Travels with my tastebuds
By Sharon Wilson
There is only one way we can travel at present, and that is through our tastebuds, so when I looked at George Lorimer's menu, gastronomic wanderlust overtook me.
George has a home delivery service and wants to fill people's freezers with delicious food. He looks forward to chatting with his customers on the doorstep about food and hopes such a small act will help combat loneliness in these difficult times. When I met this talented young chef we talked about France and how we love its food.
I had ordered a classic Quiche Lorraine, and as Mr Bite gently warmed it in the oven, my thoughts turned to Alsace. I could taste the cool, salmon pink Rosé that would chase every mouthful of the creamy, rich tart eaten in a garden or terrace in the sunshine. I placed some rainbow Phantassie chard on plates for a bitter contrast, drizzled them with good olive oil, and Mr. Bite cut the quiche. The pastry was crispy, and the pork was salty and chunky—two good meals for two people or one dinner for a family of four. I ate it mindfully with no distractions - it deserved my undivided attention.
Chocolate and pear mousse followed the same rich route as the tart, and this time, I drifted to an Avignon restaurant, where I remember eating a dense squidgy chocolate fondant. What the mousse had in common with the quiche was uncompromising indulgence - this was a deep, dark, moody mousse. Slithers of pear were fresh and juicy but not necessary. A cognac, however, cut through the richness with a warm slash.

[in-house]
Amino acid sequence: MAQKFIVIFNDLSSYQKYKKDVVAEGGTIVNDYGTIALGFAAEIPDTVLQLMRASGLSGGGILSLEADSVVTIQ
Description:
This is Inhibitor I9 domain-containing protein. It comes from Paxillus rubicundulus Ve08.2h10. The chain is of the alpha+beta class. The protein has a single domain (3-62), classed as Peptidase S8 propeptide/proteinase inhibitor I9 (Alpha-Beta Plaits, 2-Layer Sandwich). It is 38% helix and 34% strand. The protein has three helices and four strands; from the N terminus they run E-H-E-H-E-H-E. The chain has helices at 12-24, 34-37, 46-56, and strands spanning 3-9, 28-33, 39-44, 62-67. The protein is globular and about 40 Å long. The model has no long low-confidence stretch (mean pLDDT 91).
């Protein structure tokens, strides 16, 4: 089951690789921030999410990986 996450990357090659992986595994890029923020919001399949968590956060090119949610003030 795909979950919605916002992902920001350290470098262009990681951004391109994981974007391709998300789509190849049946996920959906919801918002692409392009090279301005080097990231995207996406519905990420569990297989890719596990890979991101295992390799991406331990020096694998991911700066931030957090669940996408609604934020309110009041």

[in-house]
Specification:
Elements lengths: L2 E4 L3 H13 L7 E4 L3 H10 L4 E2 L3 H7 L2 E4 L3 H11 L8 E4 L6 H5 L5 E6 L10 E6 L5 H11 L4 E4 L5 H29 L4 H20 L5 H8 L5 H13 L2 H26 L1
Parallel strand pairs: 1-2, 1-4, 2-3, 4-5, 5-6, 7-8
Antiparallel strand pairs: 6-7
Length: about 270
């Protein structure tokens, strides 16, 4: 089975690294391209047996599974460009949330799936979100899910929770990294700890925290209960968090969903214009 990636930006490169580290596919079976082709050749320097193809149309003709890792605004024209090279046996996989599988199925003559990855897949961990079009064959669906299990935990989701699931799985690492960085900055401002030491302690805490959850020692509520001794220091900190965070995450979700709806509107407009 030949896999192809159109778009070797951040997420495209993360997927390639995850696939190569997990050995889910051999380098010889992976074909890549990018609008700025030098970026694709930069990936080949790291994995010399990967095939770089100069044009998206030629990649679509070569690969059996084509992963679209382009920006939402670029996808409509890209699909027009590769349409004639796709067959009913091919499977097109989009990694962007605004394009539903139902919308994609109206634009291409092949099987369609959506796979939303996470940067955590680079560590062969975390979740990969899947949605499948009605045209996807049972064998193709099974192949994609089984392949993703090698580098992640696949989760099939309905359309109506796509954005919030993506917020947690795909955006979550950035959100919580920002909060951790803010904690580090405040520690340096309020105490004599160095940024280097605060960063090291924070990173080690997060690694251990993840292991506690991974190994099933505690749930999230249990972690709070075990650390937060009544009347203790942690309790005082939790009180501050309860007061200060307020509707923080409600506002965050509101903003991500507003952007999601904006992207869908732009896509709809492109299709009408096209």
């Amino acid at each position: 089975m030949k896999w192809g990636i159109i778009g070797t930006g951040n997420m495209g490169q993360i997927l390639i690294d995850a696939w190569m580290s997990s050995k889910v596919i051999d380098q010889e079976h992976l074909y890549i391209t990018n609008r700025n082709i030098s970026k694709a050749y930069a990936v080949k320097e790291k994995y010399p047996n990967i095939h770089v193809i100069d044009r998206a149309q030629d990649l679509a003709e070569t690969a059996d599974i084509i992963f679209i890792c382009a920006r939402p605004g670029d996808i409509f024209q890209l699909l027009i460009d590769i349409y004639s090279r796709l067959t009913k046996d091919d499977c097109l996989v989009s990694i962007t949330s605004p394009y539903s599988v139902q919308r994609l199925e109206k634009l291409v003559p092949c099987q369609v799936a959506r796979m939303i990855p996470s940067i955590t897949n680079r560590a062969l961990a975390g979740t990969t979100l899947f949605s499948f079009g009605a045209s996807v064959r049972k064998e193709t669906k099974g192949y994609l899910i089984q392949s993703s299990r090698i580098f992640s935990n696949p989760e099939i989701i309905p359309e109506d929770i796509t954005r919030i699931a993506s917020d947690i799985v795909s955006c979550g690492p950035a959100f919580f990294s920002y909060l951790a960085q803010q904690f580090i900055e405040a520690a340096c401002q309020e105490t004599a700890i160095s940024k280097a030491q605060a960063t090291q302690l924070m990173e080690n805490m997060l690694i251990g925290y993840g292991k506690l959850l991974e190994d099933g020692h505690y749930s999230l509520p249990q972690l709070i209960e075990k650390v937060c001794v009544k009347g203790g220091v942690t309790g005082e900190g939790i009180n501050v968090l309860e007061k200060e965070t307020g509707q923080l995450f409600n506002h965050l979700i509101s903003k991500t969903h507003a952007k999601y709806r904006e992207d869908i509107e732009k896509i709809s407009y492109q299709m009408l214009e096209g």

At 16, George attended Leith’s School of Food and Wine in London, and two years later, he went to The Orchards School of Cookery in Evesham and then on to work for Lyndi d'Ambrumenil in her 12-person chalet in France. She says:
"George was, without doubt, quite the best chef we have ever employed over the past twenty-three years. His attention to detail was quite amazing. Food was beautifully presented and tasted better.”
The Christmas before lockdown, Mr. Bite and I visited Morocco, so I was delighted to order lamb tagine. Moroccan stews are distinguished by their slow-cooked meat and warm flavours. The lamb in this tagine was soft as butter.
George also offers homely dishes like shepherd’s pie, lasagne and spaghetti bolognaise and is donating 10% of profits to Edinburgh Food Project. What’s not to like.
For more information see, www.georgejameslorimer.com or call 07376080480.